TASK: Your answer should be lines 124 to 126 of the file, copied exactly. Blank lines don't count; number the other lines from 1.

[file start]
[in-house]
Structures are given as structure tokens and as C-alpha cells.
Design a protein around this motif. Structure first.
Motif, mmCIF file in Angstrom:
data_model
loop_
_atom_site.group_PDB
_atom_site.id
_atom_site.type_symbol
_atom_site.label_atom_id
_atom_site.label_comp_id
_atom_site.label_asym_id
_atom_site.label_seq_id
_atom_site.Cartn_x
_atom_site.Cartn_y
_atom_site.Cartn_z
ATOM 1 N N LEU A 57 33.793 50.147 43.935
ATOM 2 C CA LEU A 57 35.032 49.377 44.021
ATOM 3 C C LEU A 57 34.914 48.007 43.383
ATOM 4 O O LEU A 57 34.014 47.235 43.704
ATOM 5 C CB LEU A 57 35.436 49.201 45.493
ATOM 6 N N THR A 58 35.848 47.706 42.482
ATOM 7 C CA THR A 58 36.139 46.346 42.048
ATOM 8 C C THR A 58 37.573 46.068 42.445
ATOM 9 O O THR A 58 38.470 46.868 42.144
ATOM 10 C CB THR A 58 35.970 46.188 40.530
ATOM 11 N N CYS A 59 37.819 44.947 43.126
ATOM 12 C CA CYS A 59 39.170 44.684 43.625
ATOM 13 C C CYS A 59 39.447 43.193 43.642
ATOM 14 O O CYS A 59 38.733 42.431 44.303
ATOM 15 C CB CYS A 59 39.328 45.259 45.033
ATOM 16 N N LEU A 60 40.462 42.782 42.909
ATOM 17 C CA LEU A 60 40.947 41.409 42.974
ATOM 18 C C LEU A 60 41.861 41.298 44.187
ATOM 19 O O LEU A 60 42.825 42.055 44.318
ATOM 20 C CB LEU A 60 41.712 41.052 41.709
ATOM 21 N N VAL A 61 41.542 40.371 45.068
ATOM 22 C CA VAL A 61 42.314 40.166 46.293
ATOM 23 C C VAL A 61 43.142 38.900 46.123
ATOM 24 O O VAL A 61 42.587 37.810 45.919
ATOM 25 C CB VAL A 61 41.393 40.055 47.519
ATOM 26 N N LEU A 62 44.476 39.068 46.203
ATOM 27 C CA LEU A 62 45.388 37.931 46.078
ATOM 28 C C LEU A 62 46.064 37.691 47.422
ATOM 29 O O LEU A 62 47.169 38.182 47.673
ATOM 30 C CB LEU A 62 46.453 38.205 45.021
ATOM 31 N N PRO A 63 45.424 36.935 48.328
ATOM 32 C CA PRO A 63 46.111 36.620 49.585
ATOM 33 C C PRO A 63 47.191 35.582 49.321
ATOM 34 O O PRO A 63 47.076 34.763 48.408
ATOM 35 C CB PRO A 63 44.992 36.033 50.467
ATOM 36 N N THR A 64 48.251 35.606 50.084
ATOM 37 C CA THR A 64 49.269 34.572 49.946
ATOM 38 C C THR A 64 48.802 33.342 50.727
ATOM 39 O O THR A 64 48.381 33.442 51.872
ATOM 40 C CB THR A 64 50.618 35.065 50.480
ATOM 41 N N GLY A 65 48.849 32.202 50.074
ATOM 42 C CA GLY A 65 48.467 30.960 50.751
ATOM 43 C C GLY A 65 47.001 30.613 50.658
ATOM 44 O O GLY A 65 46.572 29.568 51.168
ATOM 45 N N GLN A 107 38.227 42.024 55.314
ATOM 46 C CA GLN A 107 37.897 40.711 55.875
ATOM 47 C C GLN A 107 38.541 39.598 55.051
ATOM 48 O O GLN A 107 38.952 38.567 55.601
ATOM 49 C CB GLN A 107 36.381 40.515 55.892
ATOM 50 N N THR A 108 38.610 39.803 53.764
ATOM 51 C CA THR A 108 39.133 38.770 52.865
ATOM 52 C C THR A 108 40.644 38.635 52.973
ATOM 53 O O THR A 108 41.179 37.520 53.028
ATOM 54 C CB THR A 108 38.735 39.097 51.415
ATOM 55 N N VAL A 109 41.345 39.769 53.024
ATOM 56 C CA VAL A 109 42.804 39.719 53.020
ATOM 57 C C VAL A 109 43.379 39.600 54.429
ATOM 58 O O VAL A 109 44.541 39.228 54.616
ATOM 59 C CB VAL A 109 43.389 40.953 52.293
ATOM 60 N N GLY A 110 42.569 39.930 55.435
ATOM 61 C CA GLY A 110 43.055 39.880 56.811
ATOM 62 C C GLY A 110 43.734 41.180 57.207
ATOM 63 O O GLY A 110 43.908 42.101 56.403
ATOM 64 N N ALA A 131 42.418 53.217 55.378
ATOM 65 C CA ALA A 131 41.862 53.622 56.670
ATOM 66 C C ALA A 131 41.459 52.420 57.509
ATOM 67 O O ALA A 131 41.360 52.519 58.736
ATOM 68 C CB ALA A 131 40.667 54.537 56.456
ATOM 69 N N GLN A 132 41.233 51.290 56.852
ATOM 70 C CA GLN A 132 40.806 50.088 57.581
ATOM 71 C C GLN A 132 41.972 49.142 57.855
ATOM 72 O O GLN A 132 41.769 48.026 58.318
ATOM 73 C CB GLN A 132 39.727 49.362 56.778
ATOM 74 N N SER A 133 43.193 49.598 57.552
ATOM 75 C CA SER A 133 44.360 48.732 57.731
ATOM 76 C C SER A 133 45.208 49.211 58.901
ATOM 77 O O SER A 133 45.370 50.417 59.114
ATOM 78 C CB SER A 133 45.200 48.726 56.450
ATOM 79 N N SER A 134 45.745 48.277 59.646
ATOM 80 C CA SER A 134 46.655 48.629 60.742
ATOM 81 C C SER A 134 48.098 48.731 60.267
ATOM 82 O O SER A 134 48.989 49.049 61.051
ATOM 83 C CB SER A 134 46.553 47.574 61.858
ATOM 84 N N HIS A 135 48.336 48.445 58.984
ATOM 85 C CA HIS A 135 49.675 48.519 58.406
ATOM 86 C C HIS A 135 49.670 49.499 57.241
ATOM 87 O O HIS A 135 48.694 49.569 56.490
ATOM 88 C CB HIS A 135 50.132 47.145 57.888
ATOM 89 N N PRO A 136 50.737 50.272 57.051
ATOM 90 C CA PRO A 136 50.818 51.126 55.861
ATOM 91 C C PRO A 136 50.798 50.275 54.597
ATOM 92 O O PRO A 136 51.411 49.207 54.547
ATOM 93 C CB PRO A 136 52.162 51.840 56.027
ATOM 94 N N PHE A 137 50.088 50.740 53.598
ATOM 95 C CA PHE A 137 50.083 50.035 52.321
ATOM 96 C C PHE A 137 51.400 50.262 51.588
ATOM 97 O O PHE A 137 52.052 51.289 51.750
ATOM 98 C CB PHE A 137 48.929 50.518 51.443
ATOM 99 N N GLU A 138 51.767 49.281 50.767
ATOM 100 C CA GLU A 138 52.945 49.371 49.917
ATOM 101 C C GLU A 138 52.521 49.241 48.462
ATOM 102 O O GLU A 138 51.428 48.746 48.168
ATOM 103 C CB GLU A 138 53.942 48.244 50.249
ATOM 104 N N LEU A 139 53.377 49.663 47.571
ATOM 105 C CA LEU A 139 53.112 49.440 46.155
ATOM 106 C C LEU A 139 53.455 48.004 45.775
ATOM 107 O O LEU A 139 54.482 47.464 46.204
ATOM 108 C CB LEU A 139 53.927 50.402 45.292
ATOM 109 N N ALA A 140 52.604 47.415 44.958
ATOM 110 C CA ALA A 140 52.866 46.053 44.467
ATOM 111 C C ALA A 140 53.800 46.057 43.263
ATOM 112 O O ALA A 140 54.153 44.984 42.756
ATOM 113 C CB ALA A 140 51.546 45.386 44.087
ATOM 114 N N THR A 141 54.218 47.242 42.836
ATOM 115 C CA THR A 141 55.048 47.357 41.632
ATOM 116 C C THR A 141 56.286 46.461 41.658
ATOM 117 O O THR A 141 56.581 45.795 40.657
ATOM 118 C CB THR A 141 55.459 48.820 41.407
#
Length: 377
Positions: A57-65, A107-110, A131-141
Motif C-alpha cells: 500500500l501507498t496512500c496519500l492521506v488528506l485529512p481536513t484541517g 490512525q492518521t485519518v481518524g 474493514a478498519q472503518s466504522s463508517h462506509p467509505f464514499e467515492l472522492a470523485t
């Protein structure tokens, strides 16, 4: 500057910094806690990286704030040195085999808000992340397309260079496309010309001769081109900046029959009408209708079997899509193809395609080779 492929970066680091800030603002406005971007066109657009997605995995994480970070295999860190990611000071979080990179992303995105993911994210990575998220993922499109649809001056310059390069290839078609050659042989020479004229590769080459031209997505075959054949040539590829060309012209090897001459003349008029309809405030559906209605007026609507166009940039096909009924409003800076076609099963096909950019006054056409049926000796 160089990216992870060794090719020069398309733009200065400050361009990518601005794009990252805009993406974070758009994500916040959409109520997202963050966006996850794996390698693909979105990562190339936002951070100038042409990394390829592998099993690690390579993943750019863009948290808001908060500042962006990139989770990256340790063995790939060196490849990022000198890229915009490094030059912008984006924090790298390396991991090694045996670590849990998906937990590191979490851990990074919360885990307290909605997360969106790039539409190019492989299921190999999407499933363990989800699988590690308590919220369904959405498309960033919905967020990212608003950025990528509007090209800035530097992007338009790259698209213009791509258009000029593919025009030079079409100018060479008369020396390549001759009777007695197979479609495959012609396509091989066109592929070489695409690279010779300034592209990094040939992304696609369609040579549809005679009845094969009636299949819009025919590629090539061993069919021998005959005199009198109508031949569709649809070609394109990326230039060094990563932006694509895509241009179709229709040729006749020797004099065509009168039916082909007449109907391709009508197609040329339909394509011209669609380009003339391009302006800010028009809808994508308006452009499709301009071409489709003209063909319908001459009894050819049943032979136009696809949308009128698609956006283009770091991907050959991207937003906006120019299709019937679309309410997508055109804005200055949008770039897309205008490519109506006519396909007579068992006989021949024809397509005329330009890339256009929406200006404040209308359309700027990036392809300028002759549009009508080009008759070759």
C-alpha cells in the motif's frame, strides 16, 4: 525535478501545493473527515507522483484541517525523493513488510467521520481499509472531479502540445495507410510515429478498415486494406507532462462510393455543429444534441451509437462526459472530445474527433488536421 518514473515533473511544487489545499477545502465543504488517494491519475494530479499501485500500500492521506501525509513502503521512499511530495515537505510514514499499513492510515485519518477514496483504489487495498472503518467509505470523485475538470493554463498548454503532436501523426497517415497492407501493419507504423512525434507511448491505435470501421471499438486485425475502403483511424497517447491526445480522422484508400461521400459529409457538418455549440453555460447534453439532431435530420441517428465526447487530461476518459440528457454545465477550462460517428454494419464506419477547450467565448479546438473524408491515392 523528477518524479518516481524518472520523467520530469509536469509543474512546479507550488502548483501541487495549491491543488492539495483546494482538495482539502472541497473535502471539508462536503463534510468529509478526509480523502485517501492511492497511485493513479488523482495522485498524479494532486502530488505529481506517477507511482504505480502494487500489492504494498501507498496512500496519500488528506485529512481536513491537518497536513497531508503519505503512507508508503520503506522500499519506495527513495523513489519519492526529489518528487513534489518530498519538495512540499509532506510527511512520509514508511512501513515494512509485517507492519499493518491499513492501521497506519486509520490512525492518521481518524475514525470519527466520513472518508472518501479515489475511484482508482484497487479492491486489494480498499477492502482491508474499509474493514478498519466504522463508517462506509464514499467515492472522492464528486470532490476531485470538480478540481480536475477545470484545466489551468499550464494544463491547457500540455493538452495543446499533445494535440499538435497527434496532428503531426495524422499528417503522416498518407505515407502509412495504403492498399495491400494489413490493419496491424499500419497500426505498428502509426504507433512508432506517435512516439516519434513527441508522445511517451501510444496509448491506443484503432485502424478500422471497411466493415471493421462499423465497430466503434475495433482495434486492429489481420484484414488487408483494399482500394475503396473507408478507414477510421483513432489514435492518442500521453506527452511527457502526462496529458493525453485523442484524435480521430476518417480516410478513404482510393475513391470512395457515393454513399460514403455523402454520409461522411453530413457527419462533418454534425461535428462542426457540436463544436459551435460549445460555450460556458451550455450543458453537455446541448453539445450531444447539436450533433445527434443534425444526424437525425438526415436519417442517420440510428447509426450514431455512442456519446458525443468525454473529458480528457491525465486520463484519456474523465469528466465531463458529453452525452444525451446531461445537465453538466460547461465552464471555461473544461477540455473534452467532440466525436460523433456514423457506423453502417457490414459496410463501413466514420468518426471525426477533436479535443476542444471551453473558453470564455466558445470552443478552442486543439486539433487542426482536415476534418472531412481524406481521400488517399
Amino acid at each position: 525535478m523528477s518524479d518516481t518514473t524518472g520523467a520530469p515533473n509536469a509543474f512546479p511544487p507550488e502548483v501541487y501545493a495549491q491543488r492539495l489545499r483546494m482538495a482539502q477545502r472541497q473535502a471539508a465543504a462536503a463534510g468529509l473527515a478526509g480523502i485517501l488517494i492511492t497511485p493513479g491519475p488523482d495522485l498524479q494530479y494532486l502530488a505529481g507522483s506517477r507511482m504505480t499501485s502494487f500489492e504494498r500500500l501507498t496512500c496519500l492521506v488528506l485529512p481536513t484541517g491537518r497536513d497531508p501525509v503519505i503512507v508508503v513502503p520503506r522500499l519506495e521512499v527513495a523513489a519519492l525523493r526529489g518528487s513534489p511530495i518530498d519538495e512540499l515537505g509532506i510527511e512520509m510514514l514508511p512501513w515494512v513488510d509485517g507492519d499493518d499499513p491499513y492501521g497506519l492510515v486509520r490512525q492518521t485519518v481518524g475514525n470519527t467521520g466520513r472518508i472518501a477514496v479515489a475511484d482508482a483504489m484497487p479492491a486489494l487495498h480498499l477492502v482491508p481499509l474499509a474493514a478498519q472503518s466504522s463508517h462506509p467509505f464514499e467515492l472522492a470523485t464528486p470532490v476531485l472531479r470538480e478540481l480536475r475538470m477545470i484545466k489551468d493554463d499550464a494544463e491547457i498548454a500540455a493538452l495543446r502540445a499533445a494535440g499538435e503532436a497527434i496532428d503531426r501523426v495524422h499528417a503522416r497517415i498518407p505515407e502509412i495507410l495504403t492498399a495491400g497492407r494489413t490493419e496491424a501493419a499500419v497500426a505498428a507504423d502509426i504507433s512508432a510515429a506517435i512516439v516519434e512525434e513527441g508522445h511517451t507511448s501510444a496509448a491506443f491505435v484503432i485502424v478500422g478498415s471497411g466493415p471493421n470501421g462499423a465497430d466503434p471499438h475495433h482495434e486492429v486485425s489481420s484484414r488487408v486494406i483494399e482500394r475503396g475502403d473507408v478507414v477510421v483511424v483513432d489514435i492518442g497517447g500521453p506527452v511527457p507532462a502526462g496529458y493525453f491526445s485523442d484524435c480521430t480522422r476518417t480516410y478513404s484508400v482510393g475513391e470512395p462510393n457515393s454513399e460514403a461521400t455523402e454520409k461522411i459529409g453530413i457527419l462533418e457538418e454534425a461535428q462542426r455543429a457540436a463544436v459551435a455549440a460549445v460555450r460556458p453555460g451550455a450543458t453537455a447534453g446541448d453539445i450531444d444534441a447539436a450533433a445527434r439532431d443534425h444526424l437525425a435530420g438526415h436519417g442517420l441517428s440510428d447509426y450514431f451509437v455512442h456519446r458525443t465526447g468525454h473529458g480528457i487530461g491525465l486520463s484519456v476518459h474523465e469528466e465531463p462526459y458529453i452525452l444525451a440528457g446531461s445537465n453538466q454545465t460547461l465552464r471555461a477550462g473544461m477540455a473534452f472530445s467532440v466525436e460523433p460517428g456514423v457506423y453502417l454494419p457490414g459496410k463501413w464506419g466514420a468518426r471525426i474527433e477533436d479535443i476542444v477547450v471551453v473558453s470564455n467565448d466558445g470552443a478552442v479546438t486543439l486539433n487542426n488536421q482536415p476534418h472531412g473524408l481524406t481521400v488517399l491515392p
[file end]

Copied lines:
ATOM 108 C CB LEU A 139 53.927 50.402 45.292
ATOM 109 N N ALA A 140 52.604 47.415 44.958
ATOM 110 C CA ALA A 140 52.866 46.053 44.467